Copyright & Fair Use

This section of the project is constantly changing with shifting in copyright perceptions.

United States

There are four key factors that help decide whether use of copyrighted material constitutes fair use, he said: (1) the purpose of your use, (2) the nature of the work, (3) the amount you're using, and (4) the effect of your use on the market.
and there is a lot of conversation about copyright, ethics and fair use. Here is an interesting article from eSchool News Online entitled 'Fair Use' Threatens Media literacy. Please share your thoughts on the discussion board.
Watch this great video on copyright...

Information on copyright and fair use was taken from Disney (no, just kidding).
For more information regarding Copyright & Fair Use, go to:

* General Fair Use Info

  • Students may use portions of lawfully acquired copyrighted works in their academic multimedia projects, with proper credit and citations. They may retain them in personal portfolios as examples of their academic work.
  • Students and teachers must include on the opening screen of their programs and on any printed materials that their presentation has been prepared under fair use exemption of the U.S. Copyright Law and are restricted from further use.

Educators may claim fair use for their own productions providing these productions are:
  • For face-to-face curriculum-based instruction
  • Demonstrations of how to create multimedia productions
  • Presented at conferences (but you may not share copies of the actual production)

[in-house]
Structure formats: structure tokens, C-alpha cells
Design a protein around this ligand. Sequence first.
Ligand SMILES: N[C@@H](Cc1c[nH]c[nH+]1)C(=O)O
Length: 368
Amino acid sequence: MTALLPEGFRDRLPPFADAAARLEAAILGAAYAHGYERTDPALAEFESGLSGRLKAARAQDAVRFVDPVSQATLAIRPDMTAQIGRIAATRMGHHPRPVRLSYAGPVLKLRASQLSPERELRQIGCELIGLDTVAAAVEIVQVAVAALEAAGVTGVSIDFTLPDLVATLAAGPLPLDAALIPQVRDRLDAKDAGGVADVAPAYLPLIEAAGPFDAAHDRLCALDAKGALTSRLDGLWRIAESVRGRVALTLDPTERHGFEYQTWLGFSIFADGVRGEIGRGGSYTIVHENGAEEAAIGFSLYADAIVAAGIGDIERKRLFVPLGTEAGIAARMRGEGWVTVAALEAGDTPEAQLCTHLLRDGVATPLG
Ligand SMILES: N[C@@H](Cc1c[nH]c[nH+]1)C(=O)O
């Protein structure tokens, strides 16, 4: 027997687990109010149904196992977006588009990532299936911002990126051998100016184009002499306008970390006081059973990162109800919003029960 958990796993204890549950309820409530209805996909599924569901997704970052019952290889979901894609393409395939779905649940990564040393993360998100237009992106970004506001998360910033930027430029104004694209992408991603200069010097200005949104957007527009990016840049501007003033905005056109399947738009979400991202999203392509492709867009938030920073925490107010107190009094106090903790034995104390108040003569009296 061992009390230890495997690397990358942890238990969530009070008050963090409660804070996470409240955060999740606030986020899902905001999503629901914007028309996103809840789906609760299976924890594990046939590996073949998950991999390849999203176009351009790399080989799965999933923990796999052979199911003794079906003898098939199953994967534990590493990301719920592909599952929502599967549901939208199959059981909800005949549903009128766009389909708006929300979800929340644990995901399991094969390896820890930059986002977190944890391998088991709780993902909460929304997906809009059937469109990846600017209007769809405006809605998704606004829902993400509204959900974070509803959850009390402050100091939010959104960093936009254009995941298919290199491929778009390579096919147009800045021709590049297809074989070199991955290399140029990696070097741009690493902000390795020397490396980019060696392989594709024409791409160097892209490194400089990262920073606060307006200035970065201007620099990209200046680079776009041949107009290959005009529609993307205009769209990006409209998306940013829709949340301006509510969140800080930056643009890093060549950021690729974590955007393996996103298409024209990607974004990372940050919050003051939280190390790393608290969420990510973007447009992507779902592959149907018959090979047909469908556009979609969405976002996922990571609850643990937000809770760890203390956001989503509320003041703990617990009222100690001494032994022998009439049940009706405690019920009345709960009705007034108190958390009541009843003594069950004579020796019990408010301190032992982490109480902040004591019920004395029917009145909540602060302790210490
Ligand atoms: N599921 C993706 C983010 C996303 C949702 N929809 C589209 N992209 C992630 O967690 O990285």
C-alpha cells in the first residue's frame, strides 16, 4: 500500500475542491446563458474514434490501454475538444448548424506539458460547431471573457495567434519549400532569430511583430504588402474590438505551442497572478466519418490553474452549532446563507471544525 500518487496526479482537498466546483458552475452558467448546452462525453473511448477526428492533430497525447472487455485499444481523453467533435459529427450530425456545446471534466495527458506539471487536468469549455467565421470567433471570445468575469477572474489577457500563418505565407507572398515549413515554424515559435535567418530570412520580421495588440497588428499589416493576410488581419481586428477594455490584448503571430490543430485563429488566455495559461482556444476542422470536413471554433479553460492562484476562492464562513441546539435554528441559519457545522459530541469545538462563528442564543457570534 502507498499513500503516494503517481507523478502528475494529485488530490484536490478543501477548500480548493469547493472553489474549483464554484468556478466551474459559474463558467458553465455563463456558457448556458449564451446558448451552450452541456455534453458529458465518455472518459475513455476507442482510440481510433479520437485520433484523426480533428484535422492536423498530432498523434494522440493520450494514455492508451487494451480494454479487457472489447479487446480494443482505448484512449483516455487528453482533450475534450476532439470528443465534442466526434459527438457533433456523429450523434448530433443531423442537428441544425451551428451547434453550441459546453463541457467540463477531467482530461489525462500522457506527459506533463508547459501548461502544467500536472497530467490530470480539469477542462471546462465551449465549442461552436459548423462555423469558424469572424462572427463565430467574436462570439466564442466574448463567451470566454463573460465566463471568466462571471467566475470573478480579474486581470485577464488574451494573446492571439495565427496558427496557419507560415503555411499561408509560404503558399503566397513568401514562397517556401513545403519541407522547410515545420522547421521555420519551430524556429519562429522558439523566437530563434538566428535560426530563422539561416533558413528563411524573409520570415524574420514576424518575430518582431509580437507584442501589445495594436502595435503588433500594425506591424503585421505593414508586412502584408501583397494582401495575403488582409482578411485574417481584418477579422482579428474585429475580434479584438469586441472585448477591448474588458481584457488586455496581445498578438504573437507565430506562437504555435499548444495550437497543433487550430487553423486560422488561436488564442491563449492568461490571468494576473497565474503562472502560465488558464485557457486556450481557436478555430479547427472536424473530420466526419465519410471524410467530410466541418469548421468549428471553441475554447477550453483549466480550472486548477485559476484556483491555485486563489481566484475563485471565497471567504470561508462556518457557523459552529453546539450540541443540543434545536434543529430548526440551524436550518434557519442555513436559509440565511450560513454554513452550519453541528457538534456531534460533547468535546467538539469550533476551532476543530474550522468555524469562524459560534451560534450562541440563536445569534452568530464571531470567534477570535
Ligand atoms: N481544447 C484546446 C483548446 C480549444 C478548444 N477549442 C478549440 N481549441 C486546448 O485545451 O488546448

• For remote instruction as long as the distribution signal is limited
  • Kept for only 2 years
  • Fair use ends when the multimedia creator loses control of his product's use, such as when it is accessed by others over the Internet.

Educators or students need not write for permission if their presentation falls within the specific multimedia fair use
guidelines; however, "educators and students are advised to note that if there is a possibility that their own educational
multimedia project incorporating copyrighted works under fair use could later result in broader dissemination, whether
or not as commercial product, it is strongly recommended that they take steps to obtain permissions during the
development process for all copyrighted portions rather than waiting until after completion of the project.

So What Can I Use?

*Copyright for Education

click here to view SmartCopy. This is a resource for copyright in education.

* Text

  • Up to 10% of a copyrighted work or 1000 words, whichever is less
  • Poems
  • Entire poem if less than 250 words
  • 250 words or less if longer poem
  • No more than 5 poems (or excerpts) of different poets, from an anthology
  • Only 3 poems (or excerpts) per poet

* Motion Media

  • Up to 10% of a copyrighted work or 3 minutes, whichever is less
  • Clip cannot be altered in any way

* Illustrations

  • A photograph or illustration may be used in its entirety
  • No more than 5 images of an artist's or photographer's work
  • When using a collection, no more than 10% or no more than 15 images, whichever is less
  • Photos cannot be rebroadcasted on the Internet (Ex: Podcasting)

* Music

  • Up to 10% of a copyrighted musical composition, but no more than 30 seconds
  • Up to 10% of a body of sound recording, but no more than 30 seconds
  • Any alterations cannot change the basic melody or the fundamental character of the work

* Internet

  • Internet resources often combine both copyrighted and public domain sites; therefore care should be used in downloading any sites for use in multimedia presentations.
  • Until further clarification, educators and students are advised to write for permission to use Internet resources and to be mindful of the copyright ramifications of including embedded additional links to that particular site.

* Numerical Data Sets

  • Up to 10% or 2500 fields or cell entries, whichever is less, from a copyrighted database or data table
  • A field entry is defined as a s



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This page has been edited 28 times. The last modification was made by - Eduwiki Eduwiki on Aug 3, 2009 10:56 am

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